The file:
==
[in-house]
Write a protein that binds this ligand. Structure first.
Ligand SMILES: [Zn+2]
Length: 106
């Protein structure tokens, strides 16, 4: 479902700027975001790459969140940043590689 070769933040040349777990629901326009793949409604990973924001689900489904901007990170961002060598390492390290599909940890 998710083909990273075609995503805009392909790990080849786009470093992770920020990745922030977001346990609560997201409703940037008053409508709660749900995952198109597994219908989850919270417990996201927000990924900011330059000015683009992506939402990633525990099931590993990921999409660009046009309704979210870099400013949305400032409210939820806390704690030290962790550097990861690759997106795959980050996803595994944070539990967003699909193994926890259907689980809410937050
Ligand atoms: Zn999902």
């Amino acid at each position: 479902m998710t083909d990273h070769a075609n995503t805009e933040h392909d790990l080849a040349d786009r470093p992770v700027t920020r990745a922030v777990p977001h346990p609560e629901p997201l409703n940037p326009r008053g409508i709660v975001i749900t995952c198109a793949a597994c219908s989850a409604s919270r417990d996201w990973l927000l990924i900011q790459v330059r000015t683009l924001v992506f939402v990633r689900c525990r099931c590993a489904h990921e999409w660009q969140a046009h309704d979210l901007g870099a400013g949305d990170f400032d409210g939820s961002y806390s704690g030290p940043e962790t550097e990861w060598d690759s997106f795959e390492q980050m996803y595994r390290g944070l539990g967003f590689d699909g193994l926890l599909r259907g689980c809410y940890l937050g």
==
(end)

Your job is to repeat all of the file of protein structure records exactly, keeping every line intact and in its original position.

[in-house]
Write a protein that binds this ligand. Structure first.
Ligand SMILES: [Zn+2]
Length: 106
């Protein structure tokens, strides 16, 4: 479902700027975001790459969140940043590689 070769933040040349777990629901326009793949409604990973924001689900489904901007990170961002060598390492390290599909940890 998710083909990273075609995503805009392909790990080849786009470093992770920020990745922030977001346990609560997201409703940037008053409508709660749900995952198109597994219908989850919270417990996201927000990924900011330059000015683009992506939402990633525990099931590993990921999409660009046009309704979210870099400013949305400032409210939820806390704690030290962790550097990861690759997106795959980050996803595994944070539990967003699909193994926890259907689980809410937050
Ligand atoms: Zn999902």
């Amino acid at each position: 479902m998710t083909d990273h070769a075609n995503t805009e933040h392909d790990l080849a040349d786009r470093p992770v700027t920020r990745a922030v777990p977001h346990p609560e629901p997201l409703n940037p326009r008053g409508i709660v975001i749900t995952c198109a793949a597994c219908s989850a409604s919270r417990d996201w990973l927000l990924i900011q790459v330059r000015t683009l924001v992506f939402v990633r689900c525990r099931c590993a489904h990921e999409w660009q969140a046009h309704d979210l901007g870099a400013g949305d990170f400032d409210g939820s961002y806390s704690g030290p940043e962790t550097e990861w060598d690759s997106f795959e390492q980050m996803y595994r390290g944070l539990g967003f590689d699909g193994l926890l599909r259907g689980c809410y940890l937050g």